Experiential graphic designers from Entro (Toronto), architects from Kearns Mancini Architects and interior designers within Deloitte worked closely together to support Deloitte's corporate commitment of a collaborative and flexible workspace. The result: the colossal professional services firm is getting positive reviews from the staff who now work, engage with clients and learn inside their new national headquarters building in Toronto.
The building is part of Deloitte's national strategy that provides employees with increased flexibility and choice around how they work. They believe that employees can be more innovative and productive when they can choose their at-work environment that best suits their individual skills, styles, or immediate need. This approach, which Deloitte calls Orbis, redefines how employees and clients work. The new office offers 18 different types of workspaces for employees. It's a mix of individual and collaborative workspace as well as an atypically high number of social connection points, as well as a leadership and development center known as Deloitte University.
When Entro was brought on to develop a cohesive and engaging environmental graphics program for the building, their team had a lot to consider, including how best to support Orbis graphically and imbuing 420,000 square feet of space with a defining personality based on Deloitte's suggested theme of Canadian culture and values. In a context where space is transitional and where consultants come from around the world, they sought a visual language that would define the areas and be internationally understood. They also wanted to help assure that all the design elements—architecture, interior design, furniture, art, and the visual communications in the form of wayfinding and branding—would work together.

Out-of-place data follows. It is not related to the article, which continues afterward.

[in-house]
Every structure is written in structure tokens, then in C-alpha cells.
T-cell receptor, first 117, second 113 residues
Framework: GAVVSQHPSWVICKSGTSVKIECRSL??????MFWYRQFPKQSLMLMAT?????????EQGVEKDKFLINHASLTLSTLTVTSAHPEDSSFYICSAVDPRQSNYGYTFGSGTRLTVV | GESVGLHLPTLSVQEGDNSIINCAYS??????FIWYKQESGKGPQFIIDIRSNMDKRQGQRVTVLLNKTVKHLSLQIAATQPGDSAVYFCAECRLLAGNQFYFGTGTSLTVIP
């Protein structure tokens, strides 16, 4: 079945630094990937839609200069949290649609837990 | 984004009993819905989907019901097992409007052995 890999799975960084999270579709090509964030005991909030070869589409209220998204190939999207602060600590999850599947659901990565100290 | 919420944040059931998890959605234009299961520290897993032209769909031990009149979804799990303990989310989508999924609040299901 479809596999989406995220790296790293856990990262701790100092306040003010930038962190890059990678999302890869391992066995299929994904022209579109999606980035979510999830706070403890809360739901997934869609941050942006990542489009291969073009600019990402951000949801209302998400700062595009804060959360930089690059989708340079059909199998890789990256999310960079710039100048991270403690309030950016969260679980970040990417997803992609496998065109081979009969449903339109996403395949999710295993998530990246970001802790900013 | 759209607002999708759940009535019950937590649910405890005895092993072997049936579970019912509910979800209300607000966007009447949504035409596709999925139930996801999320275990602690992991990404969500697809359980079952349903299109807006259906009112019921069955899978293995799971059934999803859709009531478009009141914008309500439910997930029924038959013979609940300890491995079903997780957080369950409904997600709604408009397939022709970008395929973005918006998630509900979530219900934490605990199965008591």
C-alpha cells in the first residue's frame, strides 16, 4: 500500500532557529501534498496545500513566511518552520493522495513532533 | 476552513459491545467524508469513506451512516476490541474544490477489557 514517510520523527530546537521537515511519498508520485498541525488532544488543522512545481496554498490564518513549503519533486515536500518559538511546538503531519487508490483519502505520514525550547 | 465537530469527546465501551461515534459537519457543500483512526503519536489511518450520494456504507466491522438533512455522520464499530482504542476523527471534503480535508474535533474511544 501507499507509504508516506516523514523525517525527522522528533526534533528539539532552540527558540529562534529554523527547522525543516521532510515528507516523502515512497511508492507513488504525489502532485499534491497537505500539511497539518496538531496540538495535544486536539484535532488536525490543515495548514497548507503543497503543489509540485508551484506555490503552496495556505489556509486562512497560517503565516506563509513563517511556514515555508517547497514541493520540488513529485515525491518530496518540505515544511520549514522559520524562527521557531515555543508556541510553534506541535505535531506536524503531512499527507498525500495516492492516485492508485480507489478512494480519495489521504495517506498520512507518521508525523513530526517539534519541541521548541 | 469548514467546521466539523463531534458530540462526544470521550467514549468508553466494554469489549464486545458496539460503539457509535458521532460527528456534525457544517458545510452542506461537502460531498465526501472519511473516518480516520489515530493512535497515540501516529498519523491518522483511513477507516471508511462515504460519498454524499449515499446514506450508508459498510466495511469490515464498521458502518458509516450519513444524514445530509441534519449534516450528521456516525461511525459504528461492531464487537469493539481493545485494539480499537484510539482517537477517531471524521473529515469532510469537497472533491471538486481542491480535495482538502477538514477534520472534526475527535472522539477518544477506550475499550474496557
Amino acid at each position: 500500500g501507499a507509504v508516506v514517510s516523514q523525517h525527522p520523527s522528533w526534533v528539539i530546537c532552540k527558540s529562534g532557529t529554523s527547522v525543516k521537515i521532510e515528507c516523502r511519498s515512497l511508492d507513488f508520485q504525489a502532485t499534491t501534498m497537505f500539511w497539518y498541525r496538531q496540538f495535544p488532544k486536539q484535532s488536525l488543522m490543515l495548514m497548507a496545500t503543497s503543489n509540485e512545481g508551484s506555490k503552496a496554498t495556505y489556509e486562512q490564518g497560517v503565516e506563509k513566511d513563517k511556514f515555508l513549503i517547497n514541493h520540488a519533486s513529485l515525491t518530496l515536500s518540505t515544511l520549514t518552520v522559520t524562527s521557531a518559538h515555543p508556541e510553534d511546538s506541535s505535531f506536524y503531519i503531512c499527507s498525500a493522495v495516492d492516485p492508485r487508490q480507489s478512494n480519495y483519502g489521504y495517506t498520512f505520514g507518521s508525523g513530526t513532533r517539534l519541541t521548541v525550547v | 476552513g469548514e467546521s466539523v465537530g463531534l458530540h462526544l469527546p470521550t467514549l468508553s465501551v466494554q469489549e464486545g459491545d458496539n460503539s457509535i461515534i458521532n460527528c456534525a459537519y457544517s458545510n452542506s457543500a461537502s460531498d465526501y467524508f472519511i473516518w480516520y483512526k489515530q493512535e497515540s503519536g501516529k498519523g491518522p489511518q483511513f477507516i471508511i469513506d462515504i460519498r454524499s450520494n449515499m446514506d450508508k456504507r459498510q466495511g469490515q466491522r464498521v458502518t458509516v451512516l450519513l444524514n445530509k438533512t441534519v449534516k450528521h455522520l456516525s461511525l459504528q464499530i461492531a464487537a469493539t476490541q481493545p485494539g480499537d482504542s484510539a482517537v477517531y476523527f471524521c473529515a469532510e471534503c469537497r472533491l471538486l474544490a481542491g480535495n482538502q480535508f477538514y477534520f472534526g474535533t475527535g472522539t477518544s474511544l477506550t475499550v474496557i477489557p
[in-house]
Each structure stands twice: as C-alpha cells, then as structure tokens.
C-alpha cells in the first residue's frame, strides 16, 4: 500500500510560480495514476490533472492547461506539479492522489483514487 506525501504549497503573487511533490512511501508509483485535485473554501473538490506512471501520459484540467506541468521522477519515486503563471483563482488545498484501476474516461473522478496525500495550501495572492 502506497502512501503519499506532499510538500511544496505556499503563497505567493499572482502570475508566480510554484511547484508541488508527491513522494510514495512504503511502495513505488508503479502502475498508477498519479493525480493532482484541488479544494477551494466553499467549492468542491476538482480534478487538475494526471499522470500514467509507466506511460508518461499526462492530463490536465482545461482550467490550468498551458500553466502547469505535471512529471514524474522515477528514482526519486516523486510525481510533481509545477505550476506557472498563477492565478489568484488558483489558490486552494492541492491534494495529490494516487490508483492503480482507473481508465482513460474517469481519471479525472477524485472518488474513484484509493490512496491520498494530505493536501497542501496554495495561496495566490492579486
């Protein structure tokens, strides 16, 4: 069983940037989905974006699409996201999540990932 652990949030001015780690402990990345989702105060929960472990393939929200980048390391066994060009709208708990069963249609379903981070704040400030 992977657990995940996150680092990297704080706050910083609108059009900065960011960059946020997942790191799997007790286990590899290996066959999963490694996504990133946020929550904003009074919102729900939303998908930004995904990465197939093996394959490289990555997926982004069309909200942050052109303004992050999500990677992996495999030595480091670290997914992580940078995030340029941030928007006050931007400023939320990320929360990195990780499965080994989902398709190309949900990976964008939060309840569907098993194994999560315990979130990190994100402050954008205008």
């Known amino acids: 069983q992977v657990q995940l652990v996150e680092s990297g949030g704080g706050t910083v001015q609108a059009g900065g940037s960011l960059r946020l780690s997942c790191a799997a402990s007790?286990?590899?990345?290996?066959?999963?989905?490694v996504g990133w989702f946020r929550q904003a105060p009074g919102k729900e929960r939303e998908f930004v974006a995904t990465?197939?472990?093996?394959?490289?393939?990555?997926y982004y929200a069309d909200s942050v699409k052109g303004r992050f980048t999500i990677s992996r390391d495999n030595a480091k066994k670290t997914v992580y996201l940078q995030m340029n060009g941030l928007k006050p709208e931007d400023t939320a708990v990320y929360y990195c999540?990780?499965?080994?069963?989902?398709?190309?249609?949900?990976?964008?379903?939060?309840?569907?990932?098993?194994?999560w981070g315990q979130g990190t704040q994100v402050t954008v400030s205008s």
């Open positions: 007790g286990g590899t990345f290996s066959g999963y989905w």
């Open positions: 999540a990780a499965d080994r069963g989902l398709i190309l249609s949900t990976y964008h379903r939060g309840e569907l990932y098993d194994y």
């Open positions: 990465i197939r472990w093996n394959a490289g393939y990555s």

Entro typically begins a project like this with client interviews and on-site surveys to create the foundation needed to help form design decisions. Specific input and strong direction provided by Deloitte's knowledgeable design and communication team allowed for a compressed design timeline. "A unique attribute of the design process was our use of Deloitte's core values axiom of Confident, Clear, and Human throughout numerous designs and a multitude of applications. This driving force was necessary to Deloitte and informed many decisions—when to make a visual statement when to be subtle, where and at what scale to place graphics," says a member of Entro’s project team.
To supplement the Deloitte team's vision and ideas, Entro conducted an extensive competitive audit of office spaces worldwide. "Our analysis reinforced that the most successful office branding and graphics programs are strongly linked to corporate positioning and values, and they execute on those in graphical ways," says Entro. "So, our design intent to link to Deloitte's Orbis strategy, to tie back to their core values, and to connect to their 158-year history and commitment to Canada—rather than just creating something beautiful—was affirmed."